Shavin: Moving commas while standing on the Ledge

Shavin: Moving commas while standing on the Ledge

April 21st, 2013 by By Dana Shavin in Life Entertainment

My husband and I have a running list of writing jokes. We pass these back and forth when he's trying to talk me off the Ledge of Despair, my name for the frightfully high psychic shelf where I totter unsteadily above the mental freeway that will spell my certain death if I leap, which is what I want to do.

What drives me out there is my current writing project, languishing next to a letter from a coveted literary agent. In the letter, the agent promises nothing in the way of representation (yet) but alludes to grand possibilities. All I have to do is winnow down my two memoirs (equaling 600 pages) to one heart-stopping, luminous 200-page pearl of literary genius, and then we'll talk.

The first joke is really just one line my husband is fond of tossing out when I'm on the Ledge. "I thank God every day I'm not a writer," he says.

It's funny, yes, but he means it. Because, while we can all agree that writing isn't coal mining (the gold-standard metaphor for "slowest, darkest, dirtiest, most grueling job out there"), he knows it actually kind of is. Not that he's ever tried to be a writer. He hasn't had to. All he's had to do is watch me write, rewrite and revise the same book seven times over the course of 10 years to see the parallels.

The second joke goes like this: A woman calls her husband at work, crying hysterically. "I was ironing when your agent called and without thinking I left the iron on and it caught the shirt on fire and then the curtains and then the whole house! There's nothing left, we're ruined!"

To which the husband says, "My agent called?"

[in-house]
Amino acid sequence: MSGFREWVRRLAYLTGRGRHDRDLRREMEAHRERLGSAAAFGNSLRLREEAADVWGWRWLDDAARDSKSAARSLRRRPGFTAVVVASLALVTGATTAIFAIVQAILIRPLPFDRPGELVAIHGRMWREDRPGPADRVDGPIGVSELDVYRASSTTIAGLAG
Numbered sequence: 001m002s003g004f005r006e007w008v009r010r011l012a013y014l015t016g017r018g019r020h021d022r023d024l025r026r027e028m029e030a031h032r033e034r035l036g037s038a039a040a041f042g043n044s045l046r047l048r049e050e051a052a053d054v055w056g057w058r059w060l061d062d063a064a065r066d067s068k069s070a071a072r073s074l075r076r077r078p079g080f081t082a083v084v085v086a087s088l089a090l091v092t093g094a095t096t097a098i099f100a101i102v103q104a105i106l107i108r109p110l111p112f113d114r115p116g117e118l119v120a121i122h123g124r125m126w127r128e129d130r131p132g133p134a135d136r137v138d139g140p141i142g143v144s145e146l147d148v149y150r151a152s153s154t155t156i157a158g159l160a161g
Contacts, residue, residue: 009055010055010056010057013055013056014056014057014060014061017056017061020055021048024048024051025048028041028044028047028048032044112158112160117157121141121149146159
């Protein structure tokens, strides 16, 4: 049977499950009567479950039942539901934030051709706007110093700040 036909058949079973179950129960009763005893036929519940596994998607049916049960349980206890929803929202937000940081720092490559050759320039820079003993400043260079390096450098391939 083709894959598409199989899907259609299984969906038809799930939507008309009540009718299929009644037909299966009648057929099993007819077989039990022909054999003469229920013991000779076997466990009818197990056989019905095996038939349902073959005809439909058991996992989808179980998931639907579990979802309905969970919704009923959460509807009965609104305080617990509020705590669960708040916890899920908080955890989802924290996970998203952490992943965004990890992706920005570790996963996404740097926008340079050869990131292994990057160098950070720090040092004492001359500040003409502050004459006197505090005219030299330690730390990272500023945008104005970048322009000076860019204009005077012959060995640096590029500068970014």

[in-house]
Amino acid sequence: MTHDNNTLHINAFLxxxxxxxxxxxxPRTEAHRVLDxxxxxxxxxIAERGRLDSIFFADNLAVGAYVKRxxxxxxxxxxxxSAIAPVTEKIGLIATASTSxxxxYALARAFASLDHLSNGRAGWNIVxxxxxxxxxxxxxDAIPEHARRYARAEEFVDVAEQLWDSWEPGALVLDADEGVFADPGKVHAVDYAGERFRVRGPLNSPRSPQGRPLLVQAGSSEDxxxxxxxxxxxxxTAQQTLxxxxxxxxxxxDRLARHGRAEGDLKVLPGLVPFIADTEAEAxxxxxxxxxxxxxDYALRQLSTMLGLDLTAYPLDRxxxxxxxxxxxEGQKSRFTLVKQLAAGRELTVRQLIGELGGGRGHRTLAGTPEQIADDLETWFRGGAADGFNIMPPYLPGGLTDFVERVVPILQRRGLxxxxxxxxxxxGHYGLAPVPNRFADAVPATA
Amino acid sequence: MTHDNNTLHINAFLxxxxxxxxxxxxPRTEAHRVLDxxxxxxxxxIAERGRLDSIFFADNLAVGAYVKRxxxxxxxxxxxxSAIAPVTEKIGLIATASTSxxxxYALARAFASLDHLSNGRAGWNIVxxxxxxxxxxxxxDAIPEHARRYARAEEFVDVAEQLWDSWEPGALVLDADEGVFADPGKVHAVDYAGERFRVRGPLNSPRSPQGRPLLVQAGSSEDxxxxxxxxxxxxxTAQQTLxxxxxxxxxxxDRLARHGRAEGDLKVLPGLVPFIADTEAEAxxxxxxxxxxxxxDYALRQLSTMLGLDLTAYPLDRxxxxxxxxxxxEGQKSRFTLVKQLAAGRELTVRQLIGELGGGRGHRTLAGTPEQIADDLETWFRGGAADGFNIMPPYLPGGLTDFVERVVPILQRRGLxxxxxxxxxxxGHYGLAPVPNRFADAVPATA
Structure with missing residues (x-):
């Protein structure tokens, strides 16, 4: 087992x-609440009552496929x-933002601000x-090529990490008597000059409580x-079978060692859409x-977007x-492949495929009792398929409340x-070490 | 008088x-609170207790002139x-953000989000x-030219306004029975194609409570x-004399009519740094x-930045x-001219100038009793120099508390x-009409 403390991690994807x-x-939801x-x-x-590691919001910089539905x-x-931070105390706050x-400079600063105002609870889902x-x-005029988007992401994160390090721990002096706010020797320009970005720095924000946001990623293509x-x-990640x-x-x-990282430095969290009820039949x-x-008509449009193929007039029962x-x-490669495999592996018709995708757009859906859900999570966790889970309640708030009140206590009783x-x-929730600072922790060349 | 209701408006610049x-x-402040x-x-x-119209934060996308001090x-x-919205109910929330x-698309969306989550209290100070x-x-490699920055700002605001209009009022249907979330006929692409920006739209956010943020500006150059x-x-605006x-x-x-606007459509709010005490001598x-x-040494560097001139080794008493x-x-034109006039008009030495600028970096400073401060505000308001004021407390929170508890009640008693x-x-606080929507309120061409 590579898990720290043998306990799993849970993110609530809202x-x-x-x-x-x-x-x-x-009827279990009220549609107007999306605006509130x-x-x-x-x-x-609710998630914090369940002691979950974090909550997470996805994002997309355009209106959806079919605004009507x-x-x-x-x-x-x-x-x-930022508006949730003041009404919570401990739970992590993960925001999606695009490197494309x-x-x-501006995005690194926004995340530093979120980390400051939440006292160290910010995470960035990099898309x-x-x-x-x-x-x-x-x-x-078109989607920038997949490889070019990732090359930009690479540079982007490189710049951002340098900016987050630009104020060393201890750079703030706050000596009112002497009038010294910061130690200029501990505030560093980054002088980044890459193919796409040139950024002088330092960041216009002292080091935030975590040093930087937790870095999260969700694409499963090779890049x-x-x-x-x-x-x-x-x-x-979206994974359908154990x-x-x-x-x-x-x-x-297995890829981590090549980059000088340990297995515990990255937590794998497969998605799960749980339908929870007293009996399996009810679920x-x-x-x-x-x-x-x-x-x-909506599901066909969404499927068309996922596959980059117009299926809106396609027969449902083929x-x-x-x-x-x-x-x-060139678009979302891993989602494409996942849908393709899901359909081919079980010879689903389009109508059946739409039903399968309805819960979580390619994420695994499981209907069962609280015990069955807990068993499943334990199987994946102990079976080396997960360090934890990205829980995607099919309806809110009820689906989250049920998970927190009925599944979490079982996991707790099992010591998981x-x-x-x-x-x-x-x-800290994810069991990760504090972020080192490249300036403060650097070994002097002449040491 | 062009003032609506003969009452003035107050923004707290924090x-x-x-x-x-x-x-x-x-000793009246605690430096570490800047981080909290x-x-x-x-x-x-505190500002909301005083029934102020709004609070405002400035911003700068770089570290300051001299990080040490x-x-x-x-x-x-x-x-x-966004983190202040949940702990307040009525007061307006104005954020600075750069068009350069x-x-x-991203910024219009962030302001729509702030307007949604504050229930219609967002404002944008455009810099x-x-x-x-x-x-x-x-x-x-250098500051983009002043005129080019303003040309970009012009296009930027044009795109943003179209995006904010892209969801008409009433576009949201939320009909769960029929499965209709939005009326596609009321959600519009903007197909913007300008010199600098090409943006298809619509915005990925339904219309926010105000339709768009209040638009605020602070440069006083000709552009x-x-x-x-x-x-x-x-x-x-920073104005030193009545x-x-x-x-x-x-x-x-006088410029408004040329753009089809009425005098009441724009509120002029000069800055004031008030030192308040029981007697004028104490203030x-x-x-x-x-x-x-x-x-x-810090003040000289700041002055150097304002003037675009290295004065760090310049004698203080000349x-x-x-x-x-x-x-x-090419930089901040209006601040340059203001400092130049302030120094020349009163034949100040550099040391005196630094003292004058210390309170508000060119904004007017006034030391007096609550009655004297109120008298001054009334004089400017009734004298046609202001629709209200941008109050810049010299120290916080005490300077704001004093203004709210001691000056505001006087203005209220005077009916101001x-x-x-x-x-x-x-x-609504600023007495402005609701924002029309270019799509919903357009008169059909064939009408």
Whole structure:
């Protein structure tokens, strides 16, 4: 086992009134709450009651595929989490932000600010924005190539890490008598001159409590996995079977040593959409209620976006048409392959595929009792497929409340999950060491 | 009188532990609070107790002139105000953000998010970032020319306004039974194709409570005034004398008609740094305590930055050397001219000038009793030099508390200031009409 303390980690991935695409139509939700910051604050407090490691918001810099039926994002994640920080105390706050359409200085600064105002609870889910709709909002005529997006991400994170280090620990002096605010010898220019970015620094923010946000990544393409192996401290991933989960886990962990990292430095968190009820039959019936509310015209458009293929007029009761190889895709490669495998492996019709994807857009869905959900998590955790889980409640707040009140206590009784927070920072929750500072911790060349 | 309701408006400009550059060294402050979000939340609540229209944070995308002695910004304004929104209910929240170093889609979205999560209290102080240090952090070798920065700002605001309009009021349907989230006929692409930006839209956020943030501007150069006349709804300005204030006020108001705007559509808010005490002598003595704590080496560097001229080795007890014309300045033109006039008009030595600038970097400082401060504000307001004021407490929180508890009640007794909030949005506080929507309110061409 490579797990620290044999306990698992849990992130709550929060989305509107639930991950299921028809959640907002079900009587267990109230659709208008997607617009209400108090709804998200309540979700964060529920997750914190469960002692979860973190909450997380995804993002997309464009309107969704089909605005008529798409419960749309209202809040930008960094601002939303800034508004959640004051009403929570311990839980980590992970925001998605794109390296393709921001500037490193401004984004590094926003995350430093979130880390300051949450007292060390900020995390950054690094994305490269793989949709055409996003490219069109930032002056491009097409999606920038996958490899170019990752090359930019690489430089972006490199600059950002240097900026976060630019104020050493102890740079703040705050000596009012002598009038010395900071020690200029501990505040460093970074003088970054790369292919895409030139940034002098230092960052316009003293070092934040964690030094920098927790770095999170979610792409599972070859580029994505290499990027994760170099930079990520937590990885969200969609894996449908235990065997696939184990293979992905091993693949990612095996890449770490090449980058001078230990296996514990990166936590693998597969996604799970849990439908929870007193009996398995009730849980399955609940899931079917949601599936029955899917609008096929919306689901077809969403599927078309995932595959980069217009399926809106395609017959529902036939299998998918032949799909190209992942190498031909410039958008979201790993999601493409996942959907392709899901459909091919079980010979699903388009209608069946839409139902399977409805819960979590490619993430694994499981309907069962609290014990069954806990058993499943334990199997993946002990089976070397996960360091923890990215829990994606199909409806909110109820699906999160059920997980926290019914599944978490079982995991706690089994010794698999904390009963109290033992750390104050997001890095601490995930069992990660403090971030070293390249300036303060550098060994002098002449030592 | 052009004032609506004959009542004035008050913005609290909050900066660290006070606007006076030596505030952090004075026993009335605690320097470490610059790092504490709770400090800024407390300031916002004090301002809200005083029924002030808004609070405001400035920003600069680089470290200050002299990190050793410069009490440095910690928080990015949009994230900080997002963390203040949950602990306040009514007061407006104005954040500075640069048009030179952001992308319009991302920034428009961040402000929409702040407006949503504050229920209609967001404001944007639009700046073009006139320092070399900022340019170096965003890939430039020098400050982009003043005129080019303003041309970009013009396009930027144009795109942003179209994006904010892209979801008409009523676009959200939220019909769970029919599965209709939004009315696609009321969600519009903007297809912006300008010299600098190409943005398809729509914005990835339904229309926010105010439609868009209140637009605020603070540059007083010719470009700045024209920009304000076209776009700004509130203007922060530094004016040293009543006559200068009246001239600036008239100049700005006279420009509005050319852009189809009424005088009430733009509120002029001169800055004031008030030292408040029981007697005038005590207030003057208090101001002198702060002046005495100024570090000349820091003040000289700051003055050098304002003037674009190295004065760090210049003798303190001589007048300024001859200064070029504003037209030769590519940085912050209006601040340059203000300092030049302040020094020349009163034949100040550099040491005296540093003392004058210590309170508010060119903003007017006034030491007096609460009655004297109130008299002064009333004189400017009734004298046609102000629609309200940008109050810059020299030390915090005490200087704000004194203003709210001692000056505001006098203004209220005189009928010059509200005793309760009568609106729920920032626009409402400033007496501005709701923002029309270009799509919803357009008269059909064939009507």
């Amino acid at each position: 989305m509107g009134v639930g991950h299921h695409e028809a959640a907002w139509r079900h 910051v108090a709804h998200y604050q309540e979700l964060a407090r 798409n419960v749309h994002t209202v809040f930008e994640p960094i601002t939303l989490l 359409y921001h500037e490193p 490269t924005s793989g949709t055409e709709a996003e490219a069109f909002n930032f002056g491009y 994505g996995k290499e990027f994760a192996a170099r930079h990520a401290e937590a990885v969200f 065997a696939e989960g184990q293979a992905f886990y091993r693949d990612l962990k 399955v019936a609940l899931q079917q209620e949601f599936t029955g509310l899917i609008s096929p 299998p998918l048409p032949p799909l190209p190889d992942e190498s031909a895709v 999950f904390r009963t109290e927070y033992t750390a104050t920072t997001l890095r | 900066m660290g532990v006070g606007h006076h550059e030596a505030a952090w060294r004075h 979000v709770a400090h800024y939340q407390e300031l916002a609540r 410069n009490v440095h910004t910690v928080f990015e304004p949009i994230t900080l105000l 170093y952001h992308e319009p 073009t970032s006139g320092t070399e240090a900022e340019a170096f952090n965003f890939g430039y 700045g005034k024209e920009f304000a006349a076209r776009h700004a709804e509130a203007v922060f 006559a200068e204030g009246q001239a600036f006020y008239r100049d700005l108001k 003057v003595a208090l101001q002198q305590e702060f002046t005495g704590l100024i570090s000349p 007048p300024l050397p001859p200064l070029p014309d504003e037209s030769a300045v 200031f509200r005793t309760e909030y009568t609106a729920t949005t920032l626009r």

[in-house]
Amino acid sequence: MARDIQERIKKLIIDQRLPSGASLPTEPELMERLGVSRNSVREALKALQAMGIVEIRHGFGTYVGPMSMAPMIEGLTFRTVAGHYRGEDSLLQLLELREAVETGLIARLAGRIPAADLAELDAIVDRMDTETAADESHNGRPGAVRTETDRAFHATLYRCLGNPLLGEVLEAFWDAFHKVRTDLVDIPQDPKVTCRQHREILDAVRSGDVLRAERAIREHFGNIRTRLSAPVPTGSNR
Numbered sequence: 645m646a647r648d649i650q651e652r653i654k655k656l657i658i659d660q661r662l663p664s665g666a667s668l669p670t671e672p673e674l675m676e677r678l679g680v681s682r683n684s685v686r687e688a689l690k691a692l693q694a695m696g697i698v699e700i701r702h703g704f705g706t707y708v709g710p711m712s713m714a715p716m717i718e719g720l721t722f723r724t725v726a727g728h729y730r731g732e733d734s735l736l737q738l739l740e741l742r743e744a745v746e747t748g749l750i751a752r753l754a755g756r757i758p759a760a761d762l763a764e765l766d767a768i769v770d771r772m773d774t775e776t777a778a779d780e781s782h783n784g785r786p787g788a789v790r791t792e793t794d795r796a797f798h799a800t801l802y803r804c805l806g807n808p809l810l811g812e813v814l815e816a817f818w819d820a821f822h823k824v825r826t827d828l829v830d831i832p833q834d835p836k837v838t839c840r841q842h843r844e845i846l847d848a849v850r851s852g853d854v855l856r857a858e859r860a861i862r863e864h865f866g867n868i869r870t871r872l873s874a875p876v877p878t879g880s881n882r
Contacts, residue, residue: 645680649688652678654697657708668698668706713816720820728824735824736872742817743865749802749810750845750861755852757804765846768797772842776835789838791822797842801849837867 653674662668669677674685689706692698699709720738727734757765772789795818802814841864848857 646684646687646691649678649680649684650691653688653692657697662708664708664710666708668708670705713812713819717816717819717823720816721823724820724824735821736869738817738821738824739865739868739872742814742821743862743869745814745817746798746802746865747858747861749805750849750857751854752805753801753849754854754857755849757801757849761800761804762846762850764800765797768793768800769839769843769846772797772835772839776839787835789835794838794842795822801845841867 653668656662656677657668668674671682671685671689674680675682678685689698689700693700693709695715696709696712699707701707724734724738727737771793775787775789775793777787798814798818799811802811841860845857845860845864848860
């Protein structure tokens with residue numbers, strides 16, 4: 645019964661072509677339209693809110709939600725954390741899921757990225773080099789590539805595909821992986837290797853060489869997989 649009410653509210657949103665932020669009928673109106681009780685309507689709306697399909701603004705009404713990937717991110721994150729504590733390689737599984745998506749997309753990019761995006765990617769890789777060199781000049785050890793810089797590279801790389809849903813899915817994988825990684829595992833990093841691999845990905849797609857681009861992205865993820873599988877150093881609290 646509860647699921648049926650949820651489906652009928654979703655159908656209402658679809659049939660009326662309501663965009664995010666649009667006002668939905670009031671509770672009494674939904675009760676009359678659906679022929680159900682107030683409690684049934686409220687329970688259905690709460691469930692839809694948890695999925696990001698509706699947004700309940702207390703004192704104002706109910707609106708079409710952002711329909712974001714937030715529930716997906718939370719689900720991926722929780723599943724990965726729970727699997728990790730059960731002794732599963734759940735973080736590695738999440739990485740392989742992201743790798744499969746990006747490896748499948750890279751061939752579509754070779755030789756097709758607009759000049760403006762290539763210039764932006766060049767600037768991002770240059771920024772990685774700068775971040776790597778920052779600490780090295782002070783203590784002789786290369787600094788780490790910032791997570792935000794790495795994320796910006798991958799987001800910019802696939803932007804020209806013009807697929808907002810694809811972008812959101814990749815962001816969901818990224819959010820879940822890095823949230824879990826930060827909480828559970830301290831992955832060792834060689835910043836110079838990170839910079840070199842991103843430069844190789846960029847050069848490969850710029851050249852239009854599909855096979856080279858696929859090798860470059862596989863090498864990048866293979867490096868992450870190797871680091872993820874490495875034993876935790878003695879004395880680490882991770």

I only need to explain this if you've never spent eight years attempting to flag down a literary agent on the superhighway of traditional publishing. Literary agents are those people tasked with weeding out the 98.2 percent of hopeful writers who will never publish a book from the 1.8 percent of writers who might publish a book if they don't jump from the Ledge first.

Thankfully, I have writer friends who understand these insidious odds and how they carve away at your soul. Just yesterday I ran into one of them and we fell into conversation about the strangely rewarding tedium of scratching for structure, arc, narrative, metaphor and meaning. We practically clung to each other as we talked, our eyes wide with the hysteria peculiar to people who are going insane together. Our husbands stood by, watching. Mine turned to hers.

"I thank God every day I'm not a writer," he said.

The third joke, like the first, is really just a one-liner, and I'm always the one to deliver it. It's borrowed from Oscar Wilde, who famously said when asked how his writing was going, "I was working on the proof of one of my poems all the morning, and took out a comma. In the afternoon I put it back again."

This, more often than not, is my opening salvo on late afternoon walks with my husband.

"I took a comma out and then put it back in" is shorthand for, "I've been at my computer for six hours and I only got one paragraph written." Which is shorthand for, "I feel like the whole world is moving forward without me while I'm forever rewriting a book I will never finish." Which is code for "I'm on the Ledge."

To which my husband invariably says, "I thank God every day I'm not a writer." Then we laugh, finish our walk and have dinner. And just like that, I'm backed off the Ledge. For the time being, I'm happy, relieved, re-energized. Come the next day I will put on my mining helmet, open my manuscript, and take the comma back out.

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